Detectives searching remote countryside as part of their investigation into convicted murderer Christopher Halliwell have found women's clothing buried in woodland.
The 50-year-old taxi driver is serving a life sentence after pleading guilty to murdering Swindon office worker Sian O'Callaghan in 2011.
The father-of-three also admitted to police killing Becky Godden, who had disappeared from the Wiltshire town a decade earlier, but that confession was ruled inadmissible by a judge because a top detective had breached his rights.
Wiltshire Police have not ruled out that more women may have fallen victim to Halliwell and have continued to investigate the murder of Miss Godden, who had drifted into drugs and prostitution - never giving up hope of bringing her killer to justice.
Officers found her remains in a field in Eastleach, near Cirencester, Gloucestershire in March 2011 having been led their by Halliwell.
Last month they revealed they had found a bone at the Cotswold beauty spot, which belonged to Miss Godden.
And a week ago they recovered the pair of brown New Look boots that 22-year-old Miss O'Callaghan was wearing when she was last seen alive leaving Suju's nightclub in Swindon three years ago.
The boots were found floating in a pond two miles from the village of Ramsbury, near Marlborough, Wiltshire. Also found in the pond was a shotgun.
Since then extensive searches of the Hill Drop Lane area have been carried, including the use of a specialist dive team from Avon and Somerset and cadaver dogs from South Wales.
Officers have now begun the task of draining and sieving thousands of litres of water from the 8ft deep pond to see what might be hidden at the bottom under several inches of silt.
Today Wiltshire Police revealed they had located up to 60 pieces of women's clothing buried under two inches of soil in thick woodland about 100 yards from the pond. In addition they have found a chunky knit cardigan close to the water.
Detective Chief Inspector Sean Memory, who is leading the investigation into the death of Miss O'Callaghan and Miss Godden, said he was confident the clothing found in the woodland did not belong to Miss O'Callaghan.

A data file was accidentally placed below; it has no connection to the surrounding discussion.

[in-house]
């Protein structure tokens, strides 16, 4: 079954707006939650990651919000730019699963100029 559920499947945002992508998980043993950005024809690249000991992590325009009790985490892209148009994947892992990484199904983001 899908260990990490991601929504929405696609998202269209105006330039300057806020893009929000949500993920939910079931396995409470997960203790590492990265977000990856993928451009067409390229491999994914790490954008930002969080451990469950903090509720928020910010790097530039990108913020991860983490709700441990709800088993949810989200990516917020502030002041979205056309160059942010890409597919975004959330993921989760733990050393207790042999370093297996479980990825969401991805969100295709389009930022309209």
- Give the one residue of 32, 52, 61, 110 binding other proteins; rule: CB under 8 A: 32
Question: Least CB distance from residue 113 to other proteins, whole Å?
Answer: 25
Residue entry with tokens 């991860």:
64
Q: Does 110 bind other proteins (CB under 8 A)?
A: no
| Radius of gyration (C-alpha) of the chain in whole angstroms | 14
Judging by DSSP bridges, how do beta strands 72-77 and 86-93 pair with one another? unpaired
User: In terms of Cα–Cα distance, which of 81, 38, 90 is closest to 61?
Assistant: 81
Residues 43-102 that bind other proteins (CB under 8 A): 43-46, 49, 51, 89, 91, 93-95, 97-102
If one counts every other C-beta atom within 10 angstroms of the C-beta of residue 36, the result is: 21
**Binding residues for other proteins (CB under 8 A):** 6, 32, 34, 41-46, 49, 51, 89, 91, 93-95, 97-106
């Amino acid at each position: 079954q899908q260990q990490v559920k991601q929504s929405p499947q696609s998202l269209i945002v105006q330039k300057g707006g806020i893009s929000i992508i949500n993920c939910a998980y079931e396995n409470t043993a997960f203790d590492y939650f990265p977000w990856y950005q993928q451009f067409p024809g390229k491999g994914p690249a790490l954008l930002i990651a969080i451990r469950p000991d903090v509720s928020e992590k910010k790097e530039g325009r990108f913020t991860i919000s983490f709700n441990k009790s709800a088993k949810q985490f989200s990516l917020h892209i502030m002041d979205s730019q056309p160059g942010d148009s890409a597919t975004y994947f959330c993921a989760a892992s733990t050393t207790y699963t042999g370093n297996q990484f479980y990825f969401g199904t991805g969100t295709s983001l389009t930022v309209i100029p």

He said he did not know how long the clothing had been hidden but had been there for "some time".
"Someone has made some effort to hide it. There are in excess of 60 items of material, such as a sleeve, a zip or a hood, so it is difficult to say exactly how many items of clothing there are," Mr Memory said.
"There may be a really innocent explanation and someone may have fly-tipped it. Equally it is really unusual to find women's clothing buried.
"It may genuinely have no significance at all but I am open minded as to why someone would bury clothing.
"But to me it does seem a very strange location to be burying clothes, given what else we have found here.
"I am satisfied the clothing does not relate to Sian O'Callaghan but I don't know what Becky Godden was wearing when she disappeared or exactly when she disappeared."
The recovered clothing will be sent for forensic testing, Mr Memory said.
Police inquiries had led them to look at areas of water in Ramsbury where they found the boots.
They are still missing Miss O'Callaghan's handbag, mobile phone, items of jewellery, as well as the knife Halliwell used to kill her.
Wiltshire Police launched a high-profile inquiry when the office worker, who lived with her boyfriend Kevin Reape, failed to return home after a night out.
Under the leadership of Detective Superintendent Steve Fulcher, Halliwell quickly became a suspect in her abduction and murder.
But the repeated failure of Mr Fulcher to caution the father-of-three meant that a judge ruled the confessions to the killing of Miss O'Callaghan and Miss Godden were inadmissible in court because the officer had broken Police and Criminal Evidence Act (Pace) rules.
With no other evidence tying Halliwell to the murder of Miss Godden, the prosecution did not oppose an application by his defence team to dismiss the charge.
In January this year Mr Fulcher was found guilty by an independent panel of two counts of gross misconduct and handed a final written warning as punishment.
Last week it emerged he had resigned from Wiltshire Police but the force stressed the timing of that with this breakthrough in the inquiry was purely coincidental and not linked at all.